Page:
Is the Belgian energy market ready for residential VPP’s?

Exciting new business models are on the horizon, with the Belgian rollout of residential smart meters scheduled for January 2019. “Australian examples show that residential Virtual Power Plants can contribute to grid stability and security of supply, while making an interesting business case”, says Ilse Jansseune, business consultant utilities at Trilations. Are the Belgian energy players ready?

The Virtual Power Plant (VPP) is not a new concept. Ilse Jansseune: “A VPP aggregates many smaller decentralized energy resources (DERs) — be it solar, wind or storage – across several locations or households. By using smart technology, all these resources are combined into one large entity, and controlled from a distance by complex algorithms. The algorithms can focus on different goals: resilience during power outages, grid balance, reduced energy fees or a maximal use of green energy.” A Virtual Power Plant (VPP) aggregates the capacities of heterogeneous DERs, but it is not ‘an aggregator’ as such. “A VPP is one of the concepts that aggregators, which are stakeholders in the energy field, can use,” clarifies Jansseune. “But other stakeholders, like balance responsible parties, use VPP’s as well. VPP’s are efficient and flexible, with their ability to deliver peak load electricity or load-following power generation on short notice.”



Recently, the size and scale of VPP’s have been growing fast. Tesla is currently helping South Australia build a 250 MW virtual power plant, which will be the world’s largest, once built.[1] Ilse Jansseune: “In this enormous residential project, no less than 50,000 homes will be equipped with a 5 kW solar array and a Tesla Powerwall 2 home battery pack. The VPP will be connected to the South Australian grid and the infrastructure is provided for free to the 50,000 households.” The latter is possible thanks to an innovative business model, that ensures lower-income households will benefit from the lower electricity rates.[2] “This is crucial”, says Jansseune. “Green energy and high-tech solutions have long had the reputation of being reserved to the ‘lucky ones’ who can afford the investment. But the families involved in this Australian Tesla-project live in social housing properties. Today, green energy technology is becoming accessible to all: renewables are mainstream now.”  Several competing VPP projects in the region underline South Australia’s reputation as a powerhouse in the clean technology sector. Examples include the SonnenFlat model by the German energy storage provider and battery manufacturer Sonnen[3]. Households with a combination of a PV system and a SonnenBatterie can cover about 75% of their yearly energy requirement with self-produced clean energy. They can buy the remaining 25% at a fixed (‘flat’), low energy tariff for SonnenBatterie owners. In return some of the energy stored in SonnenBatteries may be used to assist in the stabilization of the electricity grid.


 Jansseune isn’t surprised that Australia is taking the lead: “The country suffered from major blackouts in the recent past and its electricity prices are among the highest in the world. Yet, there is never a shortage of sun and the Australian energy market is highly liberalized. All these factors contribute to the success of clean energy solutions in Australia, among which several pioneering VPP projects.” The Belgian situation is different, obviously. Do residential VPP’s have a future here? Jansseune: “With the nation-wide rollout of residential smart meters scheduled for January 2019, we expect to see – for the first time in Belgium – VPP’s grouping residential assets. A VPP can only function when all its assets provide the central controller with data regarding their real time energy production, consumption or storage.  Smart meters continuously measure the real time electricity grid offtake and electricity grid injection. With these data, new software can deduct the energy consumption and production of the assets behind the smart meter. The introduction of residential smart meters throughout our country will certainly create opportunities for new business models and concepts, like VPP’s, in the Belgian energy field. Smart meters make ‘dynamic pricing’ possible, which is an important incentive for consumers to review and alter their energy use.”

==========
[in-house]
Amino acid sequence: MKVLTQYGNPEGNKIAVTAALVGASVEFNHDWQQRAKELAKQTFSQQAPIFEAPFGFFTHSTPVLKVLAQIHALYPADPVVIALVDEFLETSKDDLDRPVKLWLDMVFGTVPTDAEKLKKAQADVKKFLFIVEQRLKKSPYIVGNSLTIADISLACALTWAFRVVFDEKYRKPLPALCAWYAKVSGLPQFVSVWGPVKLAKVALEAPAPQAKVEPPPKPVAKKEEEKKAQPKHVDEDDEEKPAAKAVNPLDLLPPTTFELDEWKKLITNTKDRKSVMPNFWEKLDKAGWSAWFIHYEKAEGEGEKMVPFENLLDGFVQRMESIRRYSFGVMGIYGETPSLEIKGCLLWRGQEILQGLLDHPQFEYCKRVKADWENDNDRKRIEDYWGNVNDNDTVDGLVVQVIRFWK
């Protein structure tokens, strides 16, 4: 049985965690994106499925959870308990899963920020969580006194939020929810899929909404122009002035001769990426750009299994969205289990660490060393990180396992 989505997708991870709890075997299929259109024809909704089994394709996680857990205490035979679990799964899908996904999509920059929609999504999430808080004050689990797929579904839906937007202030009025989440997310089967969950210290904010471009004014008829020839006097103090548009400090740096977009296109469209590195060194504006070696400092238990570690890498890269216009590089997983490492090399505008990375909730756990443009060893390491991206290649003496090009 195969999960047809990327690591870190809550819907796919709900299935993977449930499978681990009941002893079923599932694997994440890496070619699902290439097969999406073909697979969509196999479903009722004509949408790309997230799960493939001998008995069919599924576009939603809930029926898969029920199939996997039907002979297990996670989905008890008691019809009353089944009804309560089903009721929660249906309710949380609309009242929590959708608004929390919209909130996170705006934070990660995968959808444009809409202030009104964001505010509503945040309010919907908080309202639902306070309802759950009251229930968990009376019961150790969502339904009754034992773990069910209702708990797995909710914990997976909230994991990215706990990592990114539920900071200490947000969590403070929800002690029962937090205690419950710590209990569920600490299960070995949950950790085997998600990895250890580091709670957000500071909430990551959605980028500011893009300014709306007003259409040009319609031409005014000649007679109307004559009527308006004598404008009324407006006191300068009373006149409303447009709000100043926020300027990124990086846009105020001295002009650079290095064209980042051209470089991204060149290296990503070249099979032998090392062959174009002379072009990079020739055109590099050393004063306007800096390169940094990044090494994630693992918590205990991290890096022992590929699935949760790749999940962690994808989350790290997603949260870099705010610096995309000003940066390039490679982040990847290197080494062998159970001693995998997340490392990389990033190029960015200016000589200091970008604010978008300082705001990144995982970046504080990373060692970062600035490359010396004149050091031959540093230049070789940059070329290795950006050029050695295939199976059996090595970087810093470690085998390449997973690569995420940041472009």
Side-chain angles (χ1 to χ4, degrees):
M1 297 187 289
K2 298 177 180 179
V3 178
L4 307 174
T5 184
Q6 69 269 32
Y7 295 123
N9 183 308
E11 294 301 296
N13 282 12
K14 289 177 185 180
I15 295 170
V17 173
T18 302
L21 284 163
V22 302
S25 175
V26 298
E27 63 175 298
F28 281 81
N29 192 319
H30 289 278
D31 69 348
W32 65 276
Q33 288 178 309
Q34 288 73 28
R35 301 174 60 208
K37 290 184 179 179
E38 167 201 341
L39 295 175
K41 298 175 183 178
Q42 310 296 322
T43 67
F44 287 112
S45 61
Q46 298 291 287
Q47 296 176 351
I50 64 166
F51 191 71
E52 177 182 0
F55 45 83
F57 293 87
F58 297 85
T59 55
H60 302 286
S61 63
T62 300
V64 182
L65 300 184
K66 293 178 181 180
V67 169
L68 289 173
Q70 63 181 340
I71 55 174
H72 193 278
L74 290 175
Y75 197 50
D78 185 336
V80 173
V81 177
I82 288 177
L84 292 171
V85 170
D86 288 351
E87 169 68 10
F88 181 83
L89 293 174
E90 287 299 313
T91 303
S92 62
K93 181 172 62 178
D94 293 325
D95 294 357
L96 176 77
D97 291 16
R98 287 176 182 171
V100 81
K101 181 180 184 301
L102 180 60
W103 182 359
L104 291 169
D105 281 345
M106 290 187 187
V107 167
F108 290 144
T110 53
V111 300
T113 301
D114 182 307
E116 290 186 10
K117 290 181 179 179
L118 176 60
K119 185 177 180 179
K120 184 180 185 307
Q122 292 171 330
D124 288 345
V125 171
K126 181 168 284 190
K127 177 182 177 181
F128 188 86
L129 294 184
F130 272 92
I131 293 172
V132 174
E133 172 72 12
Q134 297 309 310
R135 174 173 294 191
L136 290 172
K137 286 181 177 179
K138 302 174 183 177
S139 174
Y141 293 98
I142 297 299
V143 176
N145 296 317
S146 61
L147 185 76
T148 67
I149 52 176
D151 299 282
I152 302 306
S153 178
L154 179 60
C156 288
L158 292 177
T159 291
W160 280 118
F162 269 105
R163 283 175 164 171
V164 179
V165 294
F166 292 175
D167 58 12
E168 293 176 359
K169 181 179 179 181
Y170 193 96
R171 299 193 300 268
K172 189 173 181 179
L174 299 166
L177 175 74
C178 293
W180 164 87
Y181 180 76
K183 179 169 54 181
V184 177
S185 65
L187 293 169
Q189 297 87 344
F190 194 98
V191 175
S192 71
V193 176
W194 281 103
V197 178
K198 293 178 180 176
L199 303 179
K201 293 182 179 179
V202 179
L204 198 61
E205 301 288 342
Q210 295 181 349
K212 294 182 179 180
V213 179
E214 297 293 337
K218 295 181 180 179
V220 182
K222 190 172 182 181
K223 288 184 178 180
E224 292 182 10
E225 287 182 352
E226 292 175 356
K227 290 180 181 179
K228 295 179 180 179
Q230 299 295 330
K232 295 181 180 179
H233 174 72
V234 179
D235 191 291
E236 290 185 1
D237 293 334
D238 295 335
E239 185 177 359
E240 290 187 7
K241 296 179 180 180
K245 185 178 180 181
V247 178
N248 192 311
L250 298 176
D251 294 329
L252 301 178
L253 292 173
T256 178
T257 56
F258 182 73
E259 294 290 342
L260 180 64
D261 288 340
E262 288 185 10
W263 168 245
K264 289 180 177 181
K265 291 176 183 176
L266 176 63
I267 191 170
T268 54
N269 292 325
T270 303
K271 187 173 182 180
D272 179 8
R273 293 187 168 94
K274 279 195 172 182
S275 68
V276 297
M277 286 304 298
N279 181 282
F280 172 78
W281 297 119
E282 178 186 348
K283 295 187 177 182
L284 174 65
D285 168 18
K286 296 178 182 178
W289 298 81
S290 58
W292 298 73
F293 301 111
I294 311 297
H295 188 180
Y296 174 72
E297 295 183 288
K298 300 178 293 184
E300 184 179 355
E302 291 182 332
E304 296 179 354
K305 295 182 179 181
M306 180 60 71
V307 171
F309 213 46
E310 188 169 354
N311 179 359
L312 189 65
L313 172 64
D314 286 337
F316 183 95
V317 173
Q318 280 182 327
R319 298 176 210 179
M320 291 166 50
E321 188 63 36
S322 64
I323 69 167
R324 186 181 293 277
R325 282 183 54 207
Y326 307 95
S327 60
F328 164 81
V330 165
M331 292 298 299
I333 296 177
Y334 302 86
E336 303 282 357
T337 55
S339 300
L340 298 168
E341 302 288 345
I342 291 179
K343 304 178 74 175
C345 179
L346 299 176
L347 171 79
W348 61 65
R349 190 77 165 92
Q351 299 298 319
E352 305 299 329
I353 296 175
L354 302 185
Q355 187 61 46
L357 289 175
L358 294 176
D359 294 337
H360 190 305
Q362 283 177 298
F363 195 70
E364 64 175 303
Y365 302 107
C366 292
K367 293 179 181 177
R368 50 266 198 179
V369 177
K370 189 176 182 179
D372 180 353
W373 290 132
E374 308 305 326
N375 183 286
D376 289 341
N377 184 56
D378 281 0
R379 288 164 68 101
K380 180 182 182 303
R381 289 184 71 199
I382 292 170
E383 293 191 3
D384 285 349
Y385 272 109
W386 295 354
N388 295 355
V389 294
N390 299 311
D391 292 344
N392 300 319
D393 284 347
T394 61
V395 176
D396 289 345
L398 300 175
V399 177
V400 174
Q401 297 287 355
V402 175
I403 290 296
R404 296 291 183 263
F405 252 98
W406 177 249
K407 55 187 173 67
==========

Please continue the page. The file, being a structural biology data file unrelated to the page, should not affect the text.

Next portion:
VPP’s are not new to the Belgian market. Industrial consumers already use advanced energy solutions that include virtual power plants. Ilse Jansseune: “Think of Green Energy Park Zellik[4], for example. This immense CO2-neutral smart grid – Europe’s largest – integrates an electric and a thermal grid and provides energy to no less than 72 companies. It also serves as a test-ground for versatile and modular battery-to-grid solutions[5] and electric mobility.” Another example is REstore’s cloud-based demand side management solution platfrom FlexPond™ for utilities[6]. Jansseune: “REstore aggregates flexible industrial capacities – 1.7 GW in total – and constantly monitors the grid load. At peak demand moments, companies in REstore’s portfolio help maintain grid balance by load-shifting.” Will the introduction of residential smart meters in Belgium in January 2019 lead to innovative energy solutions and business models in the residential market? Ilse Jansseune: “The Australian examples show that residential VPP’s can contribute to grid stability and security of supply, while making an interesting business case. No doubt Belgian stakeholders in the energy field – be it balance responsible parties, aggregators or others– are eager to follow suit.”